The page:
Translated by John Conington, M. A.
f writing. Here it is that the imitator has the advantage of the
translator: a certain parallelism between his own time and the time
of the author he imitates is postulated in the fact of his imitating
at all, and if he is a dexterous writer, like Pope or Johnson, he is
sure to be able to introduce a number of small equivalents, some of
them perhaps actual improvements on the original, while he is at
liberty to throw into the shade those points of which he despairs of
being able to make anything. A translator has three courses open to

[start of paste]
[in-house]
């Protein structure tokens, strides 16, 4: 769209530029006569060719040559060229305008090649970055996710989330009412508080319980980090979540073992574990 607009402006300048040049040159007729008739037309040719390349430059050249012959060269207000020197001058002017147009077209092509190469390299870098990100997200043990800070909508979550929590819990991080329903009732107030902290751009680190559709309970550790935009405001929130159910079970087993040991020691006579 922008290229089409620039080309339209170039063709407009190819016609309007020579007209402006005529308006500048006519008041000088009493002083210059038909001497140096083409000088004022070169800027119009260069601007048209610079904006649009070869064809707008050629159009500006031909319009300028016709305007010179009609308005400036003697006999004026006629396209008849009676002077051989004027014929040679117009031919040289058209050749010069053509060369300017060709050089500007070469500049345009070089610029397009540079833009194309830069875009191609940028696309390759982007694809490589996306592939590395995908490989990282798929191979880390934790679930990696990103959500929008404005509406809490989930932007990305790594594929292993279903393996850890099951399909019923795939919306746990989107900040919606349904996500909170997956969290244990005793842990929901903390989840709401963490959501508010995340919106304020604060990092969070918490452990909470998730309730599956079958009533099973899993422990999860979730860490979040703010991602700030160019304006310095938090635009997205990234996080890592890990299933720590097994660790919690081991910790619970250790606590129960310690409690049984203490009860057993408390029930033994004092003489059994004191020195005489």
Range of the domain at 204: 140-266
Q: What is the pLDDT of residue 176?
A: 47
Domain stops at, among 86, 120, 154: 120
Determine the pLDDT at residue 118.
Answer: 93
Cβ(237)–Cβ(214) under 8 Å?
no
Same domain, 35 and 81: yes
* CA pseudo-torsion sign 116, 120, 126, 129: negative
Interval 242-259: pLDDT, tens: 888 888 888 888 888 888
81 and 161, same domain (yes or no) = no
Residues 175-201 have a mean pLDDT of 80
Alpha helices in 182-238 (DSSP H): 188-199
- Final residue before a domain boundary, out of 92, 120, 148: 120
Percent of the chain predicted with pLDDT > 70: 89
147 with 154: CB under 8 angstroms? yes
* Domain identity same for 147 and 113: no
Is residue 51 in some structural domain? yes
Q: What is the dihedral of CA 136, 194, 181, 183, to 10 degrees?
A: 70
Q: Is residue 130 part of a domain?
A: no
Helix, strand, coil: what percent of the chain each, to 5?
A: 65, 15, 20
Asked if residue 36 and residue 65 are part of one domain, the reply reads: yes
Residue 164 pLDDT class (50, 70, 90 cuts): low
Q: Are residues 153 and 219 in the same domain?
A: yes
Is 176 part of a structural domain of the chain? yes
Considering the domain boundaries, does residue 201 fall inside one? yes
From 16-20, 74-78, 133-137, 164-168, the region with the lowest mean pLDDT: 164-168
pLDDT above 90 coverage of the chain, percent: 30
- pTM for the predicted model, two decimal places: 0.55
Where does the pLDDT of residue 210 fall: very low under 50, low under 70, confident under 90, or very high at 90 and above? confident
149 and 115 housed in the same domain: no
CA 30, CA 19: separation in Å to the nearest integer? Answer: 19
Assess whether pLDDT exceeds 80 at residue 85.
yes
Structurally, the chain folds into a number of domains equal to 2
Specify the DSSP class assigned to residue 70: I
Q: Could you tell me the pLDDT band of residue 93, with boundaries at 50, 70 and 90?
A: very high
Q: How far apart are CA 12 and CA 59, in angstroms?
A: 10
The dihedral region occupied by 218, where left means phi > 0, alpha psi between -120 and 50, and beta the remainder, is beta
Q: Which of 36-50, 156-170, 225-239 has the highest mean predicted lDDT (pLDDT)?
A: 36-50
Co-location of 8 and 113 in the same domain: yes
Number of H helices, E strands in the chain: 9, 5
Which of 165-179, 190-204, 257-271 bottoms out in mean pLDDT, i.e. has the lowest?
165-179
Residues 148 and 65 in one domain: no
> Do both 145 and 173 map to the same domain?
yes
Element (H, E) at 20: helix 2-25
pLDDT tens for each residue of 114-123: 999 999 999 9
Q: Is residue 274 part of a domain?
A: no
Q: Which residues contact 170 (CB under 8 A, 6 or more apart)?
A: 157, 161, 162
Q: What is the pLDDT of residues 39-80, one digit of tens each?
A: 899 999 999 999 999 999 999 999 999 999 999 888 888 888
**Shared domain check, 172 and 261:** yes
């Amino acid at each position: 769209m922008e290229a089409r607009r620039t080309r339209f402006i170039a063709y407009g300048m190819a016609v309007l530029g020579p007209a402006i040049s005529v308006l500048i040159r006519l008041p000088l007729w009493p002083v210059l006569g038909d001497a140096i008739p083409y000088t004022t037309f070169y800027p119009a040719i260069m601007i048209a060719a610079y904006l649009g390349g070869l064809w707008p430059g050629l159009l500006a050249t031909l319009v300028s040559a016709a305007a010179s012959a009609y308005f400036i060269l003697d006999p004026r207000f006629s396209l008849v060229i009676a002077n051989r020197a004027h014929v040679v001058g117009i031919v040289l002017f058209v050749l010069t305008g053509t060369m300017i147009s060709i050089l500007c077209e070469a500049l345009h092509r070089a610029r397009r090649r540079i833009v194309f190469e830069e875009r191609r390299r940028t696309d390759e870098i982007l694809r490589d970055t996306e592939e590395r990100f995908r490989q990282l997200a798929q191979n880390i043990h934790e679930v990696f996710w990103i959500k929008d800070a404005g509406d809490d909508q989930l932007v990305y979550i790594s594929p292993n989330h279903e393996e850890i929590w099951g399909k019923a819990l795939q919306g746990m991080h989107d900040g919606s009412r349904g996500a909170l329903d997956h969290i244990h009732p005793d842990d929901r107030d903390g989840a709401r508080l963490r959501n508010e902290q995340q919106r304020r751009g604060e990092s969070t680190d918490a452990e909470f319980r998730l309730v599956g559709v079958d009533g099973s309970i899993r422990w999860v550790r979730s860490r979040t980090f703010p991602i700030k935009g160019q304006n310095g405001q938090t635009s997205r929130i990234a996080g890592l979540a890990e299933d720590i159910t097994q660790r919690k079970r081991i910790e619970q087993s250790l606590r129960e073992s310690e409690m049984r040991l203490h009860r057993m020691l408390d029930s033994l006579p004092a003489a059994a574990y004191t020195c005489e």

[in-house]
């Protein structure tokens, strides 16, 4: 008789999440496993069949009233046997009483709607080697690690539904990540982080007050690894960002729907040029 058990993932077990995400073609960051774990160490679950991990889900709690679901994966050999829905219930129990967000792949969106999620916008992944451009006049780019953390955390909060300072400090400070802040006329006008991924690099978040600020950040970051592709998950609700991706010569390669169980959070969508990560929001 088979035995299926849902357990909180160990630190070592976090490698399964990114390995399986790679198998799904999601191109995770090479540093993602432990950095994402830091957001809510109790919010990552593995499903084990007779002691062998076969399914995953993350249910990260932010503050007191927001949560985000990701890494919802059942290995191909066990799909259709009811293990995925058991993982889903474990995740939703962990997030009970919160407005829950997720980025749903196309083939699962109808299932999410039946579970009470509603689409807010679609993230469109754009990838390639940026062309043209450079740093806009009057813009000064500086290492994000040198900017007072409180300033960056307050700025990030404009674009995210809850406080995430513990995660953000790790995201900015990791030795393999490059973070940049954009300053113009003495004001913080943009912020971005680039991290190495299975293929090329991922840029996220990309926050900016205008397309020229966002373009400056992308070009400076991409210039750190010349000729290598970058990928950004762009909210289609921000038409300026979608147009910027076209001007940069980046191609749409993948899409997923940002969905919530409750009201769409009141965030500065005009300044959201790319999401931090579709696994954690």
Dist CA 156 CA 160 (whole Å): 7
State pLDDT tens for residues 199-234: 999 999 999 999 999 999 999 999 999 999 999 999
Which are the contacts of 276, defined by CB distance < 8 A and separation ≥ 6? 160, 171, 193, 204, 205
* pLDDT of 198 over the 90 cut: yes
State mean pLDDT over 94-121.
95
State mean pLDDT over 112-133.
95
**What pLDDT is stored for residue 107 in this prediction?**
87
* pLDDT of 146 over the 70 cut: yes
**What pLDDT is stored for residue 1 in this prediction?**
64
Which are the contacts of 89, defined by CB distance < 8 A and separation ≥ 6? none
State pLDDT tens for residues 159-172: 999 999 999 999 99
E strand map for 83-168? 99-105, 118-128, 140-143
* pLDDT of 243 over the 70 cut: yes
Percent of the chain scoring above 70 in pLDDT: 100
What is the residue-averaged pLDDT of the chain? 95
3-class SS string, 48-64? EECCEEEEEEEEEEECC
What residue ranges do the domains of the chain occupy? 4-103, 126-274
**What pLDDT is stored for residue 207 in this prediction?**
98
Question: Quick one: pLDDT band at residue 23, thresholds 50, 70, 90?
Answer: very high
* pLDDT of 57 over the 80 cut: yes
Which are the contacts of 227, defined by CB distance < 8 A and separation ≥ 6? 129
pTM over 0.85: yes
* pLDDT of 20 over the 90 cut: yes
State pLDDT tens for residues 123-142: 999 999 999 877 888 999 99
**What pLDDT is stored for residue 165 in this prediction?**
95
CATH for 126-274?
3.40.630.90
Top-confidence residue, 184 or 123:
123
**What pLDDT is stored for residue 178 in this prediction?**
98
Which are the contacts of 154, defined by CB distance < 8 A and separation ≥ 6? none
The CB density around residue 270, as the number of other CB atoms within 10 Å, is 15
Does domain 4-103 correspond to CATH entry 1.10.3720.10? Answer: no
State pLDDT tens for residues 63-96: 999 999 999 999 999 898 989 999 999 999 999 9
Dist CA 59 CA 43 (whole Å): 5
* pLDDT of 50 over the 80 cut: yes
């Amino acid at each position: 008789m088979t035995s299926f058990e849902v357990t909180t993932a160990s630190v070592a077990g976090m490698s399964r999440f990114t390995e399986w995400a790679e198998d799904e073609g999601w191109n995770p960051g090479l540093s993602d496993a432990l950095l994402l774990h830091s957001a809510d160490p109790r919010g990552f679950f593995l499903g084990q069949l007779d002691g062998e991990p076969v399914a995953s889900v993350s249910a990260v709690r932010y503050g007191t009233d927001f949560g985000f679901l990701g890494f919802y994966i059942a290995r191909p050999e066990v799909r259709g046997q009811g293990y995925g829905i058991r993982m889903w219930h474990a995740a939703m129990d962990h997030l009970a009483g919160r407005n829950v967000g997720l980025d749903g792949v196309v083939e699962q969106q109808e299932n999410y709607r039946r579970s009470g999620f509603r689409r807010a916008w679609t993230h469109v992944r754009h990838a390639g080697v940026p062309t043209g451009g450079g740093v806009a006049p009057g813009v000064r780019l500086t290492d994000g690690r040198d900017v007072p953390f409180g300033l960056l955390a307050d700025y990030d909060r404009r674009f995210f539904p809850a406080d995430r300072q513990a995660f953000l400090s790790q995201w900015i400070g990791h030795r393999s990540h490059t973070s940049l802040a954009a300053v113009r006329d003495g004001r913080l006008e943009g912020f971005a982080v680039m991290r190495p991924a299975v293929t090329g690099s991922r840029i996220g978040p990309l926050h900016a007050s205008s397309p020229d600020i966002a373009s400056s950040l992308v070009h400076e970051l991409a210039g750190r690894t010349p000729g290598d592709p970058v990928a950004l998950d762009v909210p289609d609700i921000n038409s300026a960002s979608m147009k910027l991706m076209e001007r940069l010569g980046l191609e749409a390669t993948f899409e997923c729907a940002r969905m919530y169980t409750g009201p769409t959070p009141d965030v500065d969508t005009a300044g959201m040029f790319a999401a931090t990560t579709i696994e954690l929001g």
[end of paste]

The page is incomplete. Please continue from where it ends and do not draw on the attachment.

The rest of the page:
him, to translate more or less verbally, so as to run the risk of
being unintelligible to a reader unacquainted with the original, to
generalize what is special, and to borrow something of the
imitator's licence, introducing a modern speciality in place of an ancient. Here, as I have found on other occasions of the kind, to be allowed a choice of evils is itself a matter for selfcongratulation.
To be shut up entirely to one or other of these
resources would be a ser